For the first women’s collection, for fall-winter 2003, Rosso said he had expected sales of about $1.4 million, but actual results came in double that level. Total business has grown from about $1 million to $19 million since Diesel in 2001 signed its 10-year agreement to produce and distribute the line.
Rosso said he sees Margiela’s business as stable and having longevity. He called DSquared a "fresh, casual luxury" brand that he will watch as it progresses, "checking how much it is connected to at this moment."
Diesel also produces Karl Lagerfeld’s jeans for Lagerfeld Gallery. Rosso said he was "honored" to be working with the designer, who he called a "fashion icon."
"Karl Lagerfeld is a symbol of creativity, tradition and changes," Rosso said. "His choosing Diesel...is an important gift for me, and an acknowledgment of our unbeatable know-how in denim and the confirmation of our reputation as a casual ready-to-wear brand."
Rosso described the constellation of the Diesel brands as "fitting together and not disjointed: Diesel StyleLab is the creative tip, 55DSL is the extreme-sports line, Staff International targets a modern, trendy rtw, DSquared is the high-end casual line and Margiela the refined modern product."
My character, Dinah Madani, is just the coolest, [most] badass woman imaginable," says @amberroserevah. The actress stars in @marvel's newest series on @netflix, @thepunisher. To prepare for her role, Revah sat down with Homeland agents to get a real sense of with Dinah's day-to-day life is really like. Read our full interview on WWD.com. #wwdeye (📷: @jilliansollazzo)
A scene from the 91st annual @macys Thanksgiving Day Parade. The parade, which boasts 50 million TV viewers and 3.5 million on-site spectators, is considered one of the largest and most watched parades in the world. (📷: Jason Szenes/EPA-REX)
The circus came to @bloomingdales 59th Street on Tuesday night and lit up Lexington Avenue with acrobatic dancers, death-defying knife throwing, sword swallowing and aerial acts with no net. The 45 minutes of theatrics built up to unveiling the holiday windows depicting @swarovski crystal-encrusted circus pieces and scenes from “The Greatest Showman” – songs from the soundtrack included. See the rest of the photos on WWD.com #wwdfashion (📷: Joshua Scott)
The psychedelic fashion that pervaded the ’60s is back with an exhibit at the @museumofcityny. “Mode New York: Fashion Takes a Trip” chronicles the changing styles from 1960 through 1973 and features designers such as @ysl, @oscardelarenta and more. The exhibition, which is on display through April 1, is organized into four periods: First Lady Fasion, Youthquake, New Bohemia and New Nonchalance. Pictured here is model Pat Bardonella during the Garvey Day Parade in 1968. (📷: @kwamebphoto) #wwdeye #wwdfashion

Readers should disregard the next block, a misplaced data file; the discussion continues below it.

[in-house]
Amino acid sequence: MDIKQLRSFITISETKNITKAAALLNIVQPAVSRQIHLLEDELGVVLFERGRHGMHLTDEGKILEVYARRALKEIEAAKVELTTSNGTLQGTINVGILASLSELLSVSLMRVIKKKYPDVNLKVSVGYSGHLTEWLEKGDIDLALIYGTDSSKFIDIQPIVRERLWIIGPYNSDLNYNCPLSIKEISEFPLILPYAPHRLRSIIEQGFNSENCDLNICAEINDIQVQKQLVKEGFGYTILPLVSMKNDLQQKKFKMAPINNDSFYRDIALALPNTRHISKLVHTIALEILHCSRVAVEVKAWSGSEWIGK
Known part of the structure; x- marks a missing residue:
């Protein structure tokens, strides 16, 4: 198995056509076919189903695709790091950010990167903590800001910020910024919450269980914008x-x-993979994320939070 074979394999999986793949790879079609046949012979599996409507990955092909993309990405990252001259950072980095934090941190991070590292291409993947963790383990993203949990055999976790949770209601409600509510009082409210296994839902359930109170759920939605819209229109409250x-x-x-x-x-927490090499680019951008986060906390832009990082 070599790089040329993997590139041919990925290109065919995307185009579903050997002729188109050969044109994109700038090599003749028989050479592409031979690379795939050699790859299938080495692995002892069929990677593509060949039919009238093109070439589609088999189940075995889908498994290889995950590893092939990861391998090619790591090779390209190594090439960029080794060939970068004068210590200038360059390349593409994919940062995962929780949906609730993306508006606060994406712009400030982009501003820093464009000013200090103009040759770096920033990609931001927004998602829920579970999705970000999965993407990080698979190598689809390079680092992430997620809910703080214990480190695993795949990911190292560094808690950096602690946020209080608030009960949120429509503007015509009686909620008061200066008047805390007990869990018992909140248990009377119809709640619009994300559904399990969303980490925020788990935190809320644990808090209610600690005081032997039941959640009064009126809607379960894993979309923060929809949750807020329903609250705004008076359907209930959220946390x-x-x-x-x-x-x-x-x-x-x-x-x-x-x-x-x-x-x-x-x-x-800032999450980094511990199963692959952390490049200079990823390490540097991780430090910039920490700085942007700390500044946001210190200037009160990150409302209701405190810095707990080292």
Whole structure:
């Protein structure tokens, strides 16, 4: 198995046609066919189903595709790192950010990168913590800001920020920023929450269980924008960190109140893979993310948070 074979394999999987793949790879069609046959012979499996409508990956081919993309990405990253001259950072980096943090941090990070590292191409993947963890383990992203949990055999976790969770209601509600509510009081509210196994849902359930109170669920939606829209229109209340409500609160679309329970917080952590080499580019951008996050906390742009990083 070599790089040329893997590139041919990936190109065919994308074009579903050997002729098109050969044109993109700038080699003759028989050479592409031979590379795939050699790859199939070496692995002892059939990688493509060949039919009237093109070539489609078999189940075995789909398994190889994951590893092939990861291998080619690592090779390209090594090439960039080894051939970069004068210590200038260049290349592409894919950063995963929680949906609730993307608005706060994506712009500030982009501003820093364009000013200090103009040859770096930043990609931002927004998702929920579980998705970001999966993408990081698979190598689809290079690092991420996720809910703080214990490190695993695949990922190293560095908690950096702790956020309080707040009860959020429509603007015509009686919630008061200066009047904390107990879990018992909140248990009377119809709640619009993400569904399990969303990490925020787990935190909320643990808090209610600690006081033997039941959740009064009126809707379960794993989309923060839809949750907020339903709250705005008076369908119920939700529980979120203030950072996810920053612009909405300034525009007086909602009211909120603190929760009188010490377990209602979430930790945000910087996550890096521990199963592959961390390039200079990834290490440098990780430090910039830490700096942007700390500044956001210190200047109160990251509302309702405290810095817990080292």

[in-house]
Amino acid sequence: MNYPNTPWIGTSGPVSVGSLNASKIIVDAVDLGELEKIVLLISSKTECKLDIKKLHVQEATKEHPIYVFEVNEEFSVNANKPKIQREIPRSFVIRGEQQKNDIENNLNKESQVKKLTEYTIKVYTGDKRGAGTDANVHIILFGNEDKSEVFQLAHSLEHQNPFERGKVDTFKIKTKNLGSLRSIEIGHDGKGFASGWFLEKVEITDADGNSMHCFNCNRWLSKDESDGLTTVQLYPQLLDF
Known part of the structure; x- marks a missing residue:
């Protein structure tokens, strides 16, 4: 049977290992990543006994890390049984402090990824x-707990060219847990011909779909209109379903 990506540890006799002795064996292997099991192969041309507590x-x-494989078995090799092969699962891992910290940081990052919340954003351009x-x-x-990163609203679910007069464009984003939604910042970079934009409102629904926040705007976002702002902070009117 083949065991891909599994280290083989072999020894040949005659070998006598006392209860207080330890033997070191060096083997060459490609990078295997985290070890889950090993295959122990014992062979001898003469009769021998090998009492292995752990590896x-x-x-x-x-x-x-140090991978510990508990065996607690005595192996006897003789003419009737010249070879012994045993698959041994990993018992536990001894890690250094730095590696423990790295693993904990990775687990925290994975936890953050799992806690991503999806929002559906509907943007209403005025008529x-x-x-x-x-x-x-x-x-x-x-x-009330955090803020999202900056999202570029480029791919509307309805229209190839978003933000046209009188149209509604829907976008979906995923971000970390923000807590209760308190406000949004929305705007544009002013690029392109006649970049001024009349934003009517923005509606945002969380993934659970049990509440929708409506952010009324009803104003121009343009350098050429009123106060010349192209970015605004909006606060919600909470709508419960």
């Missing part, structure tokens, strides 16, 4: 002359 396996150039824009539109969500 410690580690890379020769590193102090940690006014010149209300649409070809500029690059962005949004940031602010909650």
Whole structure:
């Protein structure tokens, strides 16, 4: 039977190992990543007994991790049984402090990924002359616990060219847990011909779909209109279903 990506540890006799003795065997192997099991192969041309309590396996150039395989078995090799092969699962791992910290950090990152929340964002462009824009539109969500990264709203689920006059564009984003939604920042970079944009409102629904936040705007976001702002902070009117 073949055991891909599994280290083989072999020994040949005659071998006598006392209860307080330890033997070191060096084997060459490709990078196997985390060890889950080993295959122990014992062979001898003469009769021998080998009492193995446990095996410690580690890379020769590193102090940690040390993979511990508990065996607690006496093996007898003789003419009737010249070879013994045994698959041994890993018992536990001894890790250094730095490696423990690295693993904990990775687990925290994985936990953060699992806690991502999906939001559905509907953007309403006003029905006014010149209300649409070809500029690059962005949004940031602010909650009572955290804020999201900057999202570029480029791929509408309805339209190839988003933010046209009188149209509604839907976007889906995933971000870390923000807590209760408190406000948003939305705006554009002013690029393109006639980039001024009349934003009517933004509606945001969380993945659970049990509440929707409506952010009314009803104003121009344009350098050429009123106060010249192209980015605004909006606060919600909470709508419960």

“People should be a lot more honest in expressing both the dark and light of themselves. We need to give each other the space to do that because it’s the only way we can grow and evolve,” says @noelwells of her new film “Mr. Roosevelt,” which is largely based on her own struggles. Unexpectedly leaving @nbcsnl in 2014 after just one season, Wells felt set back in her self-esteem and career trajectory. She quickly refocused her energy to more personal projects, which led to the completion of “Mr. Roosevelt.” Read the rest of WWD’s interview with the “Master of None” actress on WWD.com #wwdeye (📷: @jilliansollazzo)
@barbrastreisand is giving fans a chance to see her perform up close in a new concert series, which makes its debut on @Netflix today. From behind-the-scenes takes to her concert performance in Miami last December, the two-hour streaming special captures Streisand in her element. Pictured here is the singer/actress photographed for WWD in 1963. (📷: Palmieri Tony) #wwdeye #wwdarchive
@chanel and @pharrell dropped what’s being dubbed as the world’s most exclusive sneakers yesterday. The Adidas Originals NMD Hu, which Williams designed in collaboration with Chanel and @adidasoriginals, has a waiting list of over 120K people who pre-registered online at chanelatcolette.fr –– and only 500 pairs are on sale. The singer predicted the resale value of the shoes could reach $40K. Read the full interview on WWD.com. Link in bio. #wwdfashion (📷: Dominique Maître)
@imanshumpert is diving deeper into his creative endeavors and relaunching his clothing line, Post 90s, and is helping to raise money for the hurricane victims in St. Maarten with a jersey he’s designed with his brother. The Cleveland Cavaliers player talked to WWD about kneeling during the national anthem, working with fashion brands and how he wants to be more than an @nba player. Read the interview on WWD.com #wwdfashion (📷: George Chinese)